The American Cancer Society reports more than 40,000 women will die of breast cancer in the U.S. this year. According to the Mississippi Department of Health, 439 woman died statewide from the disease in 2014. The American Cancer Society has issued new guidelines for women with an average risk of developing breast cancer. They include annual mammograms beginning at age 45 and continuing to 54. Dr. Michelle Owens is an OB-Gyn at the University of Mississippi Medical Center.
"Women should be able to start screening as early as 40, if they want to. But that it's idea to talk to your healthcare provider," said Dr. Owens.
The guidelines recommend after 54, women get a mammogram every two years. Self breast exams and those done by a doctor, are not required. Dr. Owens.
"I think the concern is that if you find a lump or a mass, what is the likelihood that that lump or mass is actually cancer, as opposed to some other benign condition, said Dr. Owens.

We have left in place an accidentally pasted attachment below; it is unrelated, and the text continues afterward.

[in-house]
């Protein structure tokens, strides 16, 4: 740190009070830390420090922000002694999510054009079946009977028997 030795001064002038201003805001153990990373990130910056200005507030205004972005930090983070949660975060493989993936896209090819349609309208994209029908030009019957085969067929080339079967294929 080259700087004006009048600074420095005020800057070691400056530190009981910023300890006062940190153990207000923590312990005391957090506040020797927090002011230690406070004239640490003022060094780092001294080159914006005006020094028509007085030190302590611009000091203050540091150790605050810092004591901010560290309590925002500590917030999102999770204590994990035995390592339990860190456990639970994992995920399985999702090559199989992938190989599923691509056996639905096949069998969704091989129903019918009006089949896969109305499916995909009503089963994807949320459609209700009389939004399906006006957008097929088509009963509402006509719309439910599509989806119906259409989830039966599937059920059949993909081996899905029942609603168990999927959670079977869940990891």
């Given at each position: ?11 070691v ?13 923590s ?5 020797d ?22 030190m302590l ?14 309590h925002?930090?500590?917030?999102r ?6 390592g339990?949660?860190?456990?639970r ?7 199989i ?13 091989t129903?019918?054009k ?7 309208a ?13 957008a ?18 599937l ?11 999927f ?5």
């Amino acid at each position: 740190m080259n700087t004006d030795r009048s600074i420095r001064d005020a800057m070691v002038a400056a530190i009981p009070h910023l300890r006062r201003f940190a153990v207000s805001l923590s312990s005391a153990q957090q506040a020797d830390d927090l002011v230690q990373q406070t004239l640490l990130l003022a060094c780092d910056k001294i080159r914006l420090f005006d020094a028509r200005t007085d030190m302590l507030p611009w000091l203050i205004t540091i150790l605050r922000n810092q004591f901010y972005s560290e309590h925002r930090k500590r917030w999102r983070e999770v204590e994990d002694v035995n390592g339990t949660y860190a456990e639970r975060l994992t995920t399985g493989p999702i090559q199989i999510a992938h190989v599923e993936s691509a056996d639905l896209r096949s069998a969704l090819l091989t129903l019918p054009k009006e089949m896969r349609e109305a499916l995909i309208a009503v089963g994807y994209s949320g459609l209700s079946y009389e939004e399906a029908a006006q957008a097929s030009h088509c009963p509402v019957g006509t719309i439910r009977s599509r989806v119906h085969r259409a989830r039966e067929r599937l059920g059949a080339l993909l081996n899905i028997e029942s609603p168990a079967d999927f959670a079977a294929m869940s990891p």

The doctor says it can lead to using healthcare resources on more tests, when the person doesn't have the disease. Sixty-five year old Mary Jane Finney of Jackson, has battled breast cancer three times and wasn't in a high risk category. Her friend found a lump while taking a shower, and has since died. She thinks the new guidelines are designed to save money. Finney doesn't think women should skip annual mammograms after age 54, or stop self-exams.
"Somebody in that category of people that follow that guideline is going to get cancer and they could have caught it earlier, if they had of checked themselves," said Finney.
Finney has written a book about her fight with cancer called "A Stable Place." The American Cancer Society reports breast cancer ranks second to lung cancer for deaths among women.